In 1947, the Edinburgh International Festival was born. As an attempt to kickstart cultural life after the long years of war, it grasped onto a pre-war cultural elitism, featuring mostly classical music in its first year. In a populist effort to counter the International Festival’s elitism, eight theatre companies crashed the party. And so the Fringe Festival was born, outside of the festival proper, as companies tried to expose people to their alternative theatre. Now, over sixty years later, the Fringe is moving closer to the mainstream. Stand-up comedy, which exploded in popularity in the 1980s, now dominates the billings.
I attended the Edinburgh Fringe Festival in 2011 when I happened to be working near the city. For 25 days the city was flooded with fliers and posters advertising student theatre companies, a hundred all-too-similar stand-ups hoping for their big break, and a sizeable crowd of London media crews setting up camp in the city, while locals took advantage of the fuss and let out their homes. As I walked up the Royal Mile it became apparent that a kind of madness had infected the city. I was surrounded by street performers desperately looking for an audience in the passersby, promotional material attached to every available surface, and crazed promoters perpetually thrusting publicity for one production or another into my hands. Everything looked kind of crazy by the end of the second week. Even the posters. Especially the posters.
The festival is now regarded by performers as a brutal but necessary ordeal, with multiple shows every night, overcrowded venues, and everyone drinking like there’s no tomorrow. It is a time when you wouldn’t be surprised to see a seasoned professional have a public meltdown. To top it off, there is a nagging feeling that the whole thing has kind of sold out commercially, and lost its magic somewhere down the road.
It’s with this Scottish hoopla in mind that I was pleasantly surprised at how easygoing the Montreal Fringe Festival, which just wrapped up this week, is. One Saturday afternoon, I sauntered over to the box office on the corner of St. Laurent and Rachel to buy tickets and found only two people in line in front of me. I didn’t have to line up for half an hour; I didn’t have to shatter the dreams of students desperately promoting their play; I didn’t find posters plastering every available surface. It seemed the goal of the festival was for Montrealers to enjoy themselves – something Edinburgh could learn from. As I stood in line, I realized that the Montreal Fringe actually holds to the original ideal: a festival that is all about showcasing alternative performing arts, without any commercial agenda.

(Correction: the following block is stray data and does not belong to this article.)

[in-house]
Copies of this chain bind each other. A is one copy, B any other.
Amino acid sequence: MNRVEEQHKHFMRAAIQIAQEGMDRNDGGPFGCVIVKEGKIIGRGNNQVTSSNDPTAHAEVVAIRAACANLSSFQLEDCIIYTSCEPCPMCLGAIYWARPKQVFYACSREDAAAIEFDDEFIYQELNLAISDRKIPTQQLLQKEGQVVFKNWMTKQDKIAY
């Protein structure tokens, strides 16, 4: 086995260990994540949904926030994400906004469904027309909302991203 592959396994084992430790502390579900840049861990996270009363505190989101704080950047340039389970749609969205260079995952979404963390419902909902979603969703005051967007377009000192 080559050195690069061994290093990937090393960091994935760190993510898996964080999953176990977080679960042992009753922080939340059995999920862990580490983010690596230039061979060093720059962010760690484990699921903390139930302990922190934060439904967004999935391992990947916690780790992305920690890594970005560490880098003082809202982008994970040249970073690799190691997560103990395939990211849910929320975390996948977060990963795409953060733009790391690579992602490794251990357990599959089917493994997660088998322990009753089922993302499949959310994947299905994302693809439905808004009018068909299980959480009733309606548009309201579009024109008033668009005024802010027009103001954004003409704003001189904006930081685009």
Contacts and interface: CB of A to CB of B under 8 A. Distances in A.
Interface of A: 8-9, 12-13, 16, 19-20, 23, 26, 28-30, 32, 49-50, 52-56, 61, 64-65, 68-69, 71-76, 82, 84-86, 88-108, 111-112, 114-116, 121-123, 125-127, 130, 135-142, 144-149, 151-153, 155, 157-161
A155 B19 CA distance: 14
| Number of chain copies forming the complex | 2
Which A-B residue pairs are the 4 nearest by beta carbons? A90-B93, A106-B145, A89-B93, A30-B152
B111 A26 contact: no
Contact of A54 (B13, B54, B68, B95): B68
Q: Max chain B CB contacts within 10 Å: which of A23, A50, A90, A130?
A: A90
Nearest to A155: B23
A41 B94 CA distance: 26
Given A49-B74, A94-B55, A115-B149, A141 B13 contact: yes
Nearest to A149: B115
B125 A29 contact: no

The first show I saw was a one-man show entitled “Verbal Diarrhoea or: How I Learned to Stop Worrying and Bomb at Love” in which British comic Gerard Harris gave a rundown of his personal romantic experiences in an hour-long string of anecdotes and observations. Harris’ rundown was extremely comprehensive, covering his childhood, his failed marriage, and his move to Canada as part of his quest to find love and sex – a quest that seems to have involved a lot of crying and masturbating in his apartment. The show was well-received by the audience, despite the lack of professional polish expected in the cutthroat UK stand-up comedy scene.
No one even bothered to check that I had actually bought a ticket to see “Osama the Hero” by Lifelong Productions when I walked in and took my seat – an experience that stands in stark contrast to waiting in the Edinburgh rain being herded into a venue by festival staff. “Osama the Hero” follows the misguided vigilante attempts of concerned neighbours fighting terrorism. “Osama” switched effortlessly and instantaneously between humour and intense confrontation until it reached its shocking climax and denouement, making it my festival highlight.
Finally, I checked out “Treue Körper,” a showcase of modern dance where four distinct performances feature a variety of styles and tones. The performances ranged from a solo dance set to a broken military soundtrack – an aggressive satire of female sexualization and submission – to a whole troupe of dancers marching automata-like, wrapped up in pillow cases. Such a diverse showcase gave me well-rounded exposure to the exciting new trends brewing in the dance world.
I picked all the shows I attended in true democratic Fringe style: randomly and on-the-spot, standing right outside the box office. The Edinburgh fanatics would do well to buy a ticket to Montreal and get back into the real spirit of the Fringe.